Category Archives: Cycling

The journeys of a boy and his bike

DST + Warming = Katy!

I get the lion’s share of my riding on the Katy Trail done after work. I work about five miles from the trailhead, so it’s a no-brainer to drop down there after work and get some miles behind me. However, until the time changes, it’s tough to do — the sun just sets too early. With the Dubya-enacted changes to DST, that means I have the opportunity to get on the trail three weeks earlier, weather permitting, and today, for the first day of the season, weather is permitting.

It’s been interesting watching the hitch-mounted bike racks start to re-appear on vehicles at the office over the last week. You can tell that folks have been gearing up for the beginning of the cycling season. When I pulled in this morning, I noticed another bike on a hitch-mount, ready for some after-work action on the trail.

Man, I love this time of year!

June Coolness


The weather dudes (and dudettes) prognosticated cool temps for this morning, so today was a day planned for riding. I knew it couldn’t be quite as long a ride as I wanted — two birthday parties to attend today — but I also knew I could get some quality saddle time in.

So the weather cooperated with the weather folks, and it was in the mid-50s this morning — right in my wheelhouse for good rides. I filled my CamelBak, loaded up and hit the road. I wasn’t quite sure where I wanted to start from or head toward, but the drop-in at Weldon Spring is the absolute closest point to the Katy Trail for me… but is still almost 20 miles from the house. As it ends up, that’s where I headed as a starting point.

Even getting there just after sunrise, I was already late — there were tons of folks out on the trail already. I guess mid-50s in June grabs folks’ attention! From Weldon, there are two nice medium-length rides: I can head to Pitman Hill for a 16mi ride, or I can head to the boat ramp at Klondike for a 15mi ride. I elected to hit Klondike. I hadn’t been there yet this year, and a decent bit of that ride is out from under cover, so the combination of cool air and low-angle sunlight would feel good.

I stopped about every five miles, and took a long drink, and ate a fruit cup. Between that regimen, and the cool weather, the ride was fabulous! Easy too — I didn’t bump into that crazy wall before three miles like I typically do. In fact, I felt pretty invinceable on the trail today, and really felt like there were more miles in the legs. However, that bit about planning for the return ride was front-of-mind, so I elected to go with what I knew, and plan for only fifteen miles.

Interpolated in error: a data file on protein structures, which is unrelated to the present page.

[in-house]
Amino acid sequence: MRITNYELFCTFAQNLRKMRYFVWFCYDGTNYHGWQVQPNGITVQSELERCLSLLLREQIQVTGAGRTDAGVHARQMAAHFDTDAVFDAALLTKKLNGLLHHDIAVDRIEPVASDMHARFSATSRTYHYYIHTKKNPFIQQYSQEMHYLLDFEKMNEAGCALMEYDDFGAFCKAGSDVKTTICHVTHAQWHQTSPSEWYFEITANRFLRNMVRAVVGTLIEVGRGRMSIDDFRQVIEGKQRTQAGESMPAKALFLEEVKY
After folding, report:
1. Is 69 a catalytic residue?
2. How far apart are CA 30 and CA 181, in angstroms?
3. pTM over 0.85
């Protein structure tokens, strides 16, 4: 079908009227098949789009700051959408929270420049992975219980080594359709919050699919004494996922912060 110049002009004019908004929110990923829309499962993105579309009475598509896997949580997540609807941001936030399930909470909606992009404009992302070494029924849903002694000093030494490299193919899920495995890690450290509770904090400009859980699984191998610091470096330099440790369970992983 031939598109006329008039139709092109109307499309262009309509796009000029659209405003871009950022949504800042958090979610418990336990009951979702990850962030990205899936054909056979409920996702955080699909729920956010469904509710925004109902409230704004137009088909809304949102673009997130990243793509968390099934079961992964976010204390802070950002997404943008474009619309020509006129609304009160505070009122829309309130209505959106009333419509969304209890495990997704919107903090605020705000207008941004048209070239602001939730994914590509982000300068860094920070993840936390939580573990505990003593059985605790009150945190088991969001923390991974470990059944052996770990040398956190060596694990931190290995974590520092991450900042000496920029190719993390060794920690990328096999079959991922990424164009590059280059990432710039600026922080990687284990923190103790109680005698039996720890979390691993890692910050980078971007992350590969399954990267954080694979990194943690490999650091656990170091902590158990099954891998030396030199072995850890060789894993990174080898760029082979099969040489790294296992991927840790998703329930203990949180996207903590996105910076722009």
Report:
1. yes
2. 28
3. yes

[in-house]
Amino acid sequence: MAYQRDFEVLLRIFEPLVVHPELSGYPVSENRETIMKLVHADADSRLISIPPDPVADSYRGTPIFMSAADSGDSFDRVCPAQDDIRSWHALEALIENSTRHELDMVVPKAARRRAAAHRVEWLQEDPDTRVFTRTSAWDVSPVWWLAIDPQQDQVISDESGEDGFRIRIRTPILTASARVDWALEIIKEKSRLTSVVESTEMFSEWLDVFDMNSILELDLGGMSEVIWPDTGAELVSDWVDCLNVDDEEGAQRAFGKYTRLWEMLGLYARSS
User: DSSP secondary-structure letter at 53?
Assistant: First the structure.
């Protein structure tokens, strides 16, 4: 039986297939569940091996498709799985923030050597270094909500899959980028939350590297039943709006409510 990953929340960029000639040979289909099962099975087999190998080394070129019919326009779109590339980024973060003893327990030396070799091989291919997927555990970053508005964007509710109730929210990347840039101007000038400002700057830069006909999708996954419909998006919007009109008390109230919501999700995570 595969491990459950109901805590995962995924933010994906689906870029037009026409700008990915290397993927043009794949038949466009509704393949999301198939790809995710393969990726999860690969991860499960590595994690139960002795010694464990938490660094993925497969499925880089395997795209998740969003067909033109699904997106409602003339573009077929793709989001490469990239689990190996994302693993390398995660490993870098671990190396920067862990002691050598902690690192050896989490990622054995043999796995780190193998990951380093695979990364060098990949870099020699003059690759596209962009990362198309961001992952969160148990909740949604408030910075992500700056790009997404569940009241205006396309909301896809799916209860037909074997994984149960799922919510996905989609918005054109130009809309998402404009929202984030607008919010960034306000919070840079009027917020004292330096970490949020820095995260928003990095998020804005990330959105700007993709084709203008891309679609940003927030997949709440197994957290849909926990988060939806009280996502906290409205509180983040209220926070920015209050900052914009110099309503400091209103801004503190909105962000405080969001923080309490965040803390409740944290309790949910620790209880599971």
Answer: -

I actually ended up shooting a little bit. The boat ramp at Klondike had obviously been flooded during the high waters recently. This high water decimated the grass on the sides of the ramp, and now that the waters had been gone for a week or two, the sun has parched the soil. This left some really cool dry soil, reminiscent of a parched river bed in the desert. Really cool, and fun to shoot, too. I tried some overheads and some ant’s-eye views as well. It was nice to hear my photography muse whispering in my ear on this one!

Snakes on the Trail


Tonight’s ride was really a big ol’ reminder of last year’s rides. The first few miles were horrid, full of self-doubt and a huge desire to turn tail and head for home. But, just like last year, I broke through the 3-4mi wall, and found the rest of the ride to be pleasant.

Along with a good ride though, I also got to see a bunch of snakes on the trail. I’ve seen more snakes this month on the trail than I did all of last year. I dunno if that’s because the water’s so high, or from some other kind of natural influence.

So, I haven’t entirely identified what I’ve seen. The state has a site showing the snakes of Missouri, and I’ve been trying to do some comparisons.

I know I saw a rough green snake tonight, along with an osage copperhead (poisonous). The big black one might’ve been a western cottonmouth (water moccasin), but I haven’t been able to tell from the single photo on the site. Another site makes my coiled up mystery snake appear to be a cottonmouth, but it’s still hard to tell. And I think the big black wavy snake is yet another species, but I can’t tell for sure.

Any ideas?

Big Ride


Beck and I took a little ride from Weldon to Defiance today. This was the first time she’d been on the trail, and I picked an easy route that included a stop at the Katy Trail Bike Shop for a slurpie. Now that’s riding!